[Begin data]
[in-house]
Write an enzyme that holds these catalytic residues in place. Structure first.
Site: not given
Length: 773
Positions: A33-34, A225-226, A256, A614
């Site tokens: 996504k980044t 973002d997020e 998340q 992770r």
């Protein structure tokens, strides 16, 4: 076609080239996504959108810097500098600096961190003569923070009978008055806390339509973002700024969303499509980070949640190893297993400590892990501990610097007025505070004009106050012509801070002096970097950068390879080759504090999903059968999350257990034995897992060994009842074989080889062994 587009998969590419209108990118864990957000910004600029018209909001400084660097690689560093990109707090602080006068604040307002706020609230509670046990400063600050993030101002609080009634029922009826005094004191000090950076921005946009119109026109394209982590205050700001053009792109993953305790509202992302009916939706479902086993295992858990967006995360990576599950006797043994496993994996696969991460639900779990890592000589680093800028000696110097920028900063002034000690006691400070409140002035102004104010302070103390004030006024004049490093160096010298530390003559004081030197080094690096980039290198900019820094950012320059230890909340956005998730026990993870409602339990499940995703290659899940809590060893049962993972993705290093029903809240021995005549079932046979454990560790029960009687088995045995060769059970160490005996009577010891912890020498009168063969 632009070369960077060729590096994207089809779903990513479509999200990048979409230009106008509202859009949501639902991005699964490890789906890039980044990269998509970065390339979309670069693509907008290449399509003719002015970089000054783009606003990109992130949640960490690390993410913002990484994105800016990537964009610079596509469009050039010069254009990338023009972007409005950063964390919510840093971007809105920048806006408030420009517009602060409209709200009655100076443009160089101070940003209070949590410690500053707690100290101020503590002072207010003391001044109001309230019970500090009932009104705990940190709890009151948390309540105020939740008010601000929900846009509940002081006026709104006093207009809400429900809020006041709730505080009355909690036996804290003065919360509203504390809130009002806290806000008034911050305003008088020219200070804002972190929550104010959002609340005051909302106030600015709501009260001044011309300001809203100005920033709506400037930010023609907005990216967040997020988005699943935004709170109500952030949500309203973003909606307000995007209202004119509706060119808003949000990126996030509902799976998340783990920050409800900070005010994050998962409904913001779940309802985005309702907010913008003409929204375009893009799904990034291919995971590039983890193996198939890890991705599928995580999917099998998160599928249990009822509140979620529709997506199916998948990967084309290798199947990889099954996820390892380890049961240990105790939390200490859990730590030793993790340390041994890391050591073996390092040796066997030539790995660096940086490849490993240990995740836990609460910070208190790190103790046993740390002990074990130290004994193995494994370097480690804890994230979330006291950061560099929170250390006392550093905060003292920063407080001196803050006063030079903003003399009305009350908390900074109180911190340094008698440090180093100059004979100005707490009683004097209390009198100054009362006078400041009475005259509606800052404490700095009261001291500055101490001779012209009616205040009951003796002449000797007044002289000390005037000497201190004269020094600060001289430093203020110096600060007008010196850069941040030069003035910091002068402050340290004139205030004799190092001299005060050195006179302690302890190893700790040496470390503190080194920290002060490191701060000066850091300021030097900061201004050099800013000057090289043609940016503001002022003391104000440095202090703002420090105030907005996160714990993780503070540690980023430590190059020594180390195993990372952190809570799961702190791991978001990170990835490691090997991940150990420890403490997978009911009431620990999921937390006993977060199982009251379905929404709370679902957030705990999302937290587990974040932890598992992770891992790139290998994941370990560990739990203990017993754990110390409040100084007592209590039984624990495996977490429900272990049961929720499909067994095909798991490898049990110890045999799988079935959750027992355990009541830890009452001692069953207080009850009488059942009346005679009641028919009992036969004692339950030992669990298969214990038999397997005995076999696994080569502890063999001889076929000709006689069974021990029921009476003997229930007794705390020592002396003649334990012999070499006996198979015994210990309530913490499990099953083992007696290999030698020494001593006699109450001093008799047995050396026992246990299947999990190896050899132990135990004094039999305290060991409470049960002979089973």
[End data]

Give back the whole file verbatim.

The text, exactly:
[in-house]
Write an enzyme that holds these catalytic residues in place. Structure first.
Site: not given
Length: 773
Positions: A33-34, A225-226, A256, A614
């Site tokens: 996504k980044t 973002d997020e 998340q 992770r």
């Protein structure tokens, strides 16, 4: 076609080239996504959108810097500098600096961190003569923070009978008055806390339509973002700024969303499509980070949640190893297993400590892990501990610097007025505070004009106050012509801070002096970097950068390879080759504090999903059968999350257990034995897992060994009842074989080889062994 587009998969590419209108990118864990957000910004600029018209909001400084660097690689560093990109707090602080006068604040307002706020609230509670046990400063600050993030101002609080009634029922009826005094004191000090950076921005946009119109026109394209982590205050700001053009792109993953305790509202992302009916939706479902086993295992858990967006995360990576599950006797043994496993994996696969991460639900779990890592000589680093800028000696110097920028900063002034000690006691400070409140002035102004104010302070103390004030006024004049490093160096010298530390003559004081030197080094690096980039290198900019820094950012320059230890909340956005998730026990993870409602339990499940995703290659899940809590060893049962993972993705290093029903809240021995005549079932046979454990560790029960009687088995045995060769059970160490005996009577010891912890020498009168063969 632009070369960077060729590096994207089809779903990513479509999200990048979409230009106008509202859009949501639902991005699964490890789906890039980044990269998509970065390339979309670069693509907008290449399509003719002015970089000054783009606003990109992130949640960490690390993410913002990484994105800016990537964009610079596509469009050039010069254009990338023009972007409005950063964390919510840093971007809105920048806006408030420009517009602060409209709200009655100076443009160089101070940003209070949590410690500053707690100290101020503590002072207010003391001044109001309230019970500090009932009104705990940190709890009151948390309540105020939740008010601000929900846009509940002081006026709104006093207009809400429900809020006041709730505080009355909690036996804290003065919360509203504390809130009002806290806000008034911050305003008088020219200070804002972190929550104010959002609340005051909302106030600015709501009260001044011309300001809203100005920033709506400037930010023609907005990216967040997020988005699943935004709170109500952030949500309203973003909606307000995007209202004119509706060119808003949000990126996030509902799976998340783990920050409800900070005010994050998962409904913001779940309802985005309702907010913008003409929204375009893009799904990034291919995971590039983890193996198939890890991705599928995580999917099998998160599928249990009822509140979620529709997506199916998948990967084309290798199947990889099954996820390892380890049961240990105790939390200490859990730590030793993790340390041994890391050591073996390092040796066997030539790995660096940086490849490993240990995740836990609460910070208190790190103790046993740390002990074990130290004994193995494994370097480690804890994230979330006291950061560099929170250390006392550093905060003292920063407080001196803050006063030079903003003399009305009350908390900074109180911190340094008698440090180093100059004979100005707490009683004097209390009198100054009362006078400041009475005259509606800052404490700095009261001291500055101490001779012209009616205040009951003796002449000797007044002289000390005037000497201190004269020094600060001289430093203020110096600060007008010196850069941040030069003035910091002068402050340290004139205030004799190092001299005060050195006179302690302890190893700790040496470390503190080194920290002060490191701060000066850091300021030097900061201004050099800013000057090289043609940016503001002022003391104000440095202090703002420090105030907005996160714990993780503070540690980023430590190059020594180390195993990372952190809570799961702190791991978001990170990835490691090997991940150990420890403490997978009911009431620990999921937390006993977060199982009251379905929404709370679902957030705990999302937290587990974040932890598992992770891992790139290998994941370990560990739990203990017993754990110390409040100084007592209590039984624990495996977490429900272990049961929720499909067994095909798991490898049990110890045999799988079935959750027992355990009541830890009452001692069953207080009850009488059942009346005679009641028919009992036969004692339950030992669990298969214990038999397997005995076999696994080569502890063999001889076929000709006689069974021990029921009476003997229930007794705390020592002396003649334990012999070499006996198979015994210990309530913490499990099953083992007696290999030698020494001593006699109450001093008799047995050396026992246990299947999990190896050899132990135990004094039999305290060991409470049960002979089973």